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Trailer Watch: Robin Wright Animates Herself in The Congress

Trailer Watch: Robin Wright Animates Herself in The Congress

Actresses of a certain age will take any number of drastic measures to stop the march of time, but few are probably brave enough to undergo the extreme procedure Robin Wright volunteers for in The Congress

In Waltz with Bashir director Ari Folman’s half-animated Hollywood sci-fi drama, Wright plays a (much less successful) version of herself in which the unhappily unemployed, middle-aged actress chooses to become an animated simulacrum of herself that can be exploited in any number ways. The studio thus gains a compliant star and “Robin” wins new gigs and contracts — a situation that raises intriguing questions about the nature of stardom and celebrity.  

Wright’s character isn’t motivated by sheer vanity, though. Her young son is going blind, and the only way to save his sight — by freezing time — is to cartoonize herself. The trailer isn’t helpful on how that detail works out, but it does suggest — no surprise — that the animated world the protagonist enters is much more bewildering and dystopian than she anticipated. 

Wright’s co-stars include Harvey Keitel, Jon Hamm, and Paul Giamatti. 

The Congress opens August 29. 

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The original European trailers did a much better job at explaining the plot (or rather, at least not confusing its own plot points), plus this new US trailer hardly features animation, which dominates the last 2/3 of the film. To be clear, Robin Wright allows her studio to scan and animate her for future movies, and will pay her a large sum of money to do so, which will allow her to care for her son whose health is deteriorating. The film skips 20 years into the future where she is invited to renew her contract at the "animation zone," whose existent is so floppily explained you can tell it's just so Ari Folman can do rotoscoping again. After accidentally starting off a revolution where people live inside their own animated hallucinations, that's when she decides to look for her son. And honestly, Robin's relationship with her son was a huge fault in the film, because it leans so heavily on that relationship as her main motive, but it's never really explored beyond the fact that he's disabled and she's being a good mom.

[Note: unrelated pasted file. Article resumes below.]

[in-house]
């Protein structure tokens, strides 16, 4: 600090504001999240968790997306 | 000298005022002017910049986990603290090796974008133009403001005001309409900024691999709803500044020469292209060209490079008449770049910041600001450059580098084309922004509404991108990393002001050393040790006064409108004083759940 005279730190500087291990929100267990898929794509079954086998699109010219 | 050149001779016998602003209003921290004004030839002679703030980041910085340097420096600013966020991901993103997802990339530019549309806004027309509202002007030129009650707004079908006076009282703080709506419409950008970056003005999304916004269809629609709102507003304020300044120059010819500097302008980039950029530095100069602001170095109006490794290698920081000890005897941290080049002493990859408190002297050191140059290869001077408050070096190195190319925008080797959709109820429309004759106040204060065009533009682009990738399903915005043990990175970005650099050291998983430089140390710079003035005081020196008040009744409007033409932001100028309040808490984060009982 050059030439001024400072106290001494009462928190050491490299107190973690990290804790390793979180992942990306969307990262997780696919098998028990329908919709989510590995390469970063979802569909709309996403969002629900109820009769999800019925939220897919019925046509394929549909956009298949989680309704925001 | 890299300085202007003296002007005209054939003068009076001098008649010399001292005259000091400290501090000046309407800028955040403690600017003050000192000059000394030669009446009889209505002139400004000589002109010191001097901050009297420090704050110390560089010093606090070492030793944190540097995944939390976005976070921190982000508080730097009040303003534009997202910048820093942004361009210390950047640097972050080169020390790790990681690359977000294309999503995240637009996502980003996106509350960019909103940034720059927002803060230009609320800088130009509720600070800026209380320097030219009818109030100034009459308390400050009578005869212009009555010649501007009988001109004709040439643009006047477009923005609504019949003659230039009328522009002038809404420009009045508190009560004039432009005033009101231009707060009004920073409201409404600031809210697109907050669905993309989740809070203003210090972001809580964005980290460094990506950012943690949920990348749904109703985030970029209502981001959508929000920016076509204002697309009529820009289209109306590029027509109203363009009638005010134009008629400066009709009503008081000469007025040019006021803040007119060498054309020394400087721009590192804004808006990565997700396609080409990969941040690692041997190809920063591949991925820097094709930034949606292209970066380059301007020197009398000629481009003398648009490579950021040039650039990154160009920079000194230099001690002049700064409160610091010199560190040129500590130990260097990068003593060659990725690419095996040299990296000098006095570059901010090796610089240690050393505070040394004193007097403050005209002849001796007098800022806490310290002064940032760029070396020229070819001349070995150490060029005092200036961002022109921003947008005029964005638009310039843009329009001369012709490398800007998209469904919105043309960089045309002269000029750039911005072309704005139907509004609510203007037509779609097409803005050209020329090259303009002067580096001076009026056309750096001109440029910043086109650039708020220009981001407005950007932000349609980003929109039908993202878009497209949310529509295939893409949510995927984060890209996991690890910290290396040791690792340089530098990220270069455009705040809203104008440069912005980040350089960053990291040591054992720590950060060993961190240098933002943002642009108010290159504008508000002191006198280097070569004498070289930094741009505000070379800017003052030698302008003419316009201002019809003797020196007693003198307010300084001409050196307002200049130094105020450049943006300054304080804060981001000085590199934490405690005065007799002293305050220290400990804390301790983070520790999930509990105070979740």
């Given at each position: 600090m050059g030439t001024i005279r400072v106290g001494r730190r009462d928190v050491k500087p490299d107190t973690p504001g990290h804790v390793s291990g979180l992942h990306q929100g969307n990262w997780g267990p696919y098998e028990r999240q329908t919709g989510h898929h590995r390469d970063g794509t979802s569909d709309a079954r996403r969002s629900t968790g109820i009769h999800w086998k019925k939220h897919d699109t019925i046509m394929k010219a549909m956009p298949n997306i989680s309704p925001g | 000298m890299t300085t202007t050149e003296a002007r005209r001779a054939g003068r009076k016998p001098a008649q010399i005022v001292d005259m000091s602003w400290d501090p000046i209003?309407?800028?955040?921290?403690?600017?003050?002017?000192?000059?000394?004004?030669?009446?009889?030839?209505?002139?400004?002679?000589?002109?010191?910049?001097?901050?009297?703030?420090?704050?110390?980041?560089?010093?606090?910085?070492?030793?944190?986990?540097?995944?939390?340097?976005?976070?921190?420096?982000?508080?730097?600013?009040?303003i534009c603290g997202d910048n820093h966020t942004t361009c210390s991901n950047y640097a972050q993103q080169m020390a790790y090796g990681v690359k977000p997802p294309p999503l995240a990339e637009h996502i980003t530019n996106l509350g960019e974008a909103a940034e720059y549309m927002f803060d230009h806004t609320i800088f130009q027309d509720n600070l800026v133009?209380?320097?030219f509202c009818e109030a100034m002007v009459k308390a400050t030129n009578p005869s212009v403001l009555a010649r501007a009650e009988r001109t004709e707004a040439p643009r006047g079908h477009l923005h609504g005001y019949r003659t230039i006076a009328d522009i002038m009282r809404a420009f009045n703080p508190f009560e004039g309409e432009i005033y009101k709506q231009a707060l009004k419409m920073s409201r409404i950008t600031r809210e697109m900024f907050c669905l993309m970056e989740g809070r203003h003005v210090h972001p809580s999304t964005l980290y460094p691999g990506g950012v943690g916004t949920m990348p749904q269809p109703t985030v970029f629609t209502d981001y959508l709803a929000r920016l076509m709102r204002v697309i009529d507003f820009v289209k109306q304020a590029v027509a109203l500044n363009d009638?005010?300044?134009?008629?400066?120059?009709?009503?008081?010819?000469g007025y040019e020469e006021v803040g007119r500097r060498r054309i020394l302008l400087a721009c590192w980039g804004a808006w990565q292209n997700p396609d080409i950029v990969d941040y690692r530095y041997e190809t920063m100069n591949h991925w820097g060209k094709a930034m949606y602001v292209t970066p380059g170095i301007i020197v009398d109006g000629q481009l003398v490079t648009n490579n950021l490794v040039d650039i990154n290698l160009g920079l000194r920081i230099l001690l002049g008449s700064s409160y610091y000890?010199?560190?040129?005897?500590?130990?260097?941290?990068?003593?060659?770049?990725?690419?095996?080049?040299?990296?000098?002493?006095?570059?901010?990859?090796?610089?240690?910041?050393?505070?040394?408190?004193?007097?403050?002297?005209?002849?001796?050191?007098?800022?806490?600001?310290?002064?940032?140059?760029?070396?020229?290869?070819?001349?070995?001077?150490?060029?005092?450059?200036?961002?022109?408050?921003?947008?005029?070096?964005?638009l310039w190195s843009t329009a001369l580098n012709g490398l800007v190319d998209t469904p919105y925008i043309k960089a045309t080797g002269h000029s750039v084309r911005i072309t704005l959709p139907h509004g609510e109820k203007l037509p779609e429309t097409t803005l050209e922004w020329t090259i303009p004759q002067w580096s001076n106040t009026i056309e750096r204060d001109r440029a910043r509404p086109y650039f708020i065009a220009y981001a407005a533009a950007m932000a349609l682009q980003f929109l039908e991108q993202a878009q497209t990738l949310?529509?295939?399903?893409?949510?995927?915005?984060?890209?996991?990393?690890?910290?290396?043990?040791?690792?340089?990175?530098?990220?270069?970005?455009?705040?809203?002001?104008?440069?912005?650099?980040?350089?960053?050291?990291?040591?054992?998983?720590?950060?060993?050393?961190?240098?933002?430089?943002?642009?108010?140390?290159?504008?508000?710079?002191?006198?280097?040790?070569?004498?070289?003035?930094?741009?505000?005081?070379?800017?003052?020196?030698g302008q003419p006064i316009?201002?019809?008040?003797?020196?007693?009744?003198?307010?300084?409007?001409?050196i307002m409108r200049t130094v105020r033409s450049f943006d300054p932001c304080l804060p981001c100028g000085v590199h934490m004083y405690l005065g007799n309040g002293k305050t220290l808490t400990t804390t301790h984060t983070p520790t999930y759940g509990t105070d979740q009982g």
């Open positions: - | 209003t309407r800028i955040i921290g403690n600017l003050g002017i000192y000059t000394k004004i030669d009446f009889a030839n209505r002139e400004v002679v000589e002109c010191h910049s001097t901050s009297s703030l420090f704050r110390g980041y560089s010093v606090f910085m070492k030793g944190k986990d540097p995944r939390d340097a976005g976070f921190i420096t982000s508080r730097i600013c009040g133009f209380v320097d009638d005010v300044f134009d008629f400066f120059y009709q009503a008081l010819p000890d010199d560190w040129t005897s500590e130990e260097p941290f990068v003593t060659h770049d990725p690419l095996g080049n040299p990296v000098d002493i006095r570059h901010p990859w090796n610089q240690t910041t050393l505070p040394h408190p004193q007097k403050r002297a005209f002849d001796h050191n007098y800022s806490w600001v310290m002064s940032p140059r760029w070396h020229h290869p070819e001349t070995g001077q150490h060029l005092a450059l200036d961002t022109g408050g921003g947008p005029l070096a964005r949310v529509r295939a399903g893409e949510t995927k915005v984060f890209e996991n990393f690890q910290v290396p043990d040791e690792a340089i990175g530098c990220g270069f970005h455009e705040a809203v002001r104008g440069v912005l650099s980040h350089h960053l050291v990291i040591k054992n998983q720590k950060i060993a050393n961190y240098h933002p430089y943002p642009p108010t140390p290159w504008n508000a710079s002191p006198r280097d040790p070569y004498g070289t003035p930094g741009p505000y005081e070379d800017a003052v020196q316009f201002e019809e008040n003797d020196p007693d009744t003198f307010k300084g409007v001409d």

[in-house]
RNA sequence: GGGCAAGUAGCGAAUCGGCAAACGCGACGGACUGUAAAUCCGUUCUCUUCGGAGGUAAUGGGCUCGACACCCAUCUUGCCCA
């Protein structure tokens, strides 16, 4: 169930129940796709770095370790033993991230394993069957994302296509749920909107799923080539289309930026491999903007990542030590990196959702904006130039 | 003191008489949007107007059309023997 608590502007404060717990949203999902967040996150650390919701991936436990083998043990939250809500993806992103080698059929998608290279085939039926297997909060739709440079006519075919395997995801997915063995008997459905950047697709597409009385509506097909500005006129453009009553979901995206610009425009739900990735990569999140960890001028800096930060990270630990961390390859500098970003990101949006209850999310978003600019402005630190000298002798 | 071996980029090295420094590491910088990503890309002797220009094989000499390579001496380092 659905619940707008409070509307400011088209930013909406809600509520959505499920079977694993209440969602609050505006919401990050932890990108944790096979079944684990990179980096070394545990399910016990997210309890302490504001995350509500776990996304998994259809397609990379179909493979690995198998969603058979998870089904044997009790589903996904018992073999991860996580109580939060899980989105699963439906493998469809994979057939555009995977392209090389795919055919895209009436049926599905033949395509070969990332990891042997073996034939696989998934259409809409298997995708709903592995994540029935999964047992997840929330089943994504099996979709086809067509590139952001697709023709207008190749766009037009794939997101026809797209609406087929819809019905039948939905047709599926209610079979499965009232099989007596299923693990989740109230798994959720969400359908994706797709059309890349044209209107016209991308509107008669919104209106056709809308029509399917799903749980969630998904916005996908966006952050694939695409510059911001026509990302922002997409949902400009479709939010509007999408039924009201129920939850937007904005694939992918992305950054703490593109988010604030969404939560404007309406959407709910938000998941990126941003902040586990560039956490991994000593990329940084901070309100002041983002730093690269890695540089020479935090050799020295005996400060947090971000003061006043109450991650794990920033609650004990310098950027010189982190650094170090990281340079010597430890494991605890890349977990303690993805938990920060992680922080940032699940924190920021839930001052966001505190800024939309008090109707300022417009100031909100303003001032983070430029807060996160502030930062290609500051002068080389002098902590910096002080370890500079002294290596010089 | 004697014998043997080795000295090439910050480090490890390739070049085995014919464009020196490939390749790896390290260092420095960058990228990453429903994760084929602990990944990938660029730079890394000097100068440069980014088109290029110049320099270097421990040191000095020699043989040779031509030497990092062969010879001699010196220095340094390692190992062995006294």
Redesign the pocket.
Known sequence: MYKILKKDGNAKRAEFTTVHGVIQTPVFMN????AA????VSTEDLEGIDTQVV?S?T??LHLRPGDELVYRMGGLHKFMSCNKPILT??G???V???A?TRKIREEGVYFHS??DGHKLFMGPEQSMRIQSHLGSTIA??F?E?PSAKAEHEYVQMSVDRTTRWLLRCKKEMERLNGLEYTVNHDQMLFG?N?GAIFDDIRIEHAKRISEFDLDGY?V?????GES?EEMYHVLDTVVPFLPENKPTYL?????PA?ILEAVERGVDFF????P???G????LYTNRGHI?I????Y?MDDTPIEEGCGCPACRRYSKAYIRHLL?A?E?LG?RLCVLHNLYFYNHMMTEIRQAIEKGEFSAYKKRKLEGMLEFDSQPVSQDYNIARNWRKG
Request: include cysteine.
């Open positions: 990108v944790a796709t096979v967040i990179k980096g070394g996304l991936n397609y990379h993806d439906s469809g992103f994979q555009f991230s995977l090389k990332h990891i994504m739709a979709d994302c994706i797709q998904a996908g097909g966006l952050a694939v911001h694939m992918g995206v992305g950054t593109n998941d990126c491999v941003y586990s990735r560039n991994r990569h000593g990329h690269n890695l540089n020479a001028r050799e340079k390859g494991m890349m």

Fitting that there is already a movie exploring the scanning/digital cloning of actors (it's real, btw; google digital cloning from the New Yorker, written by Margaret Talbot). It looks interesting, unfortunate that Robin Wright seems to be the only female character in the story.

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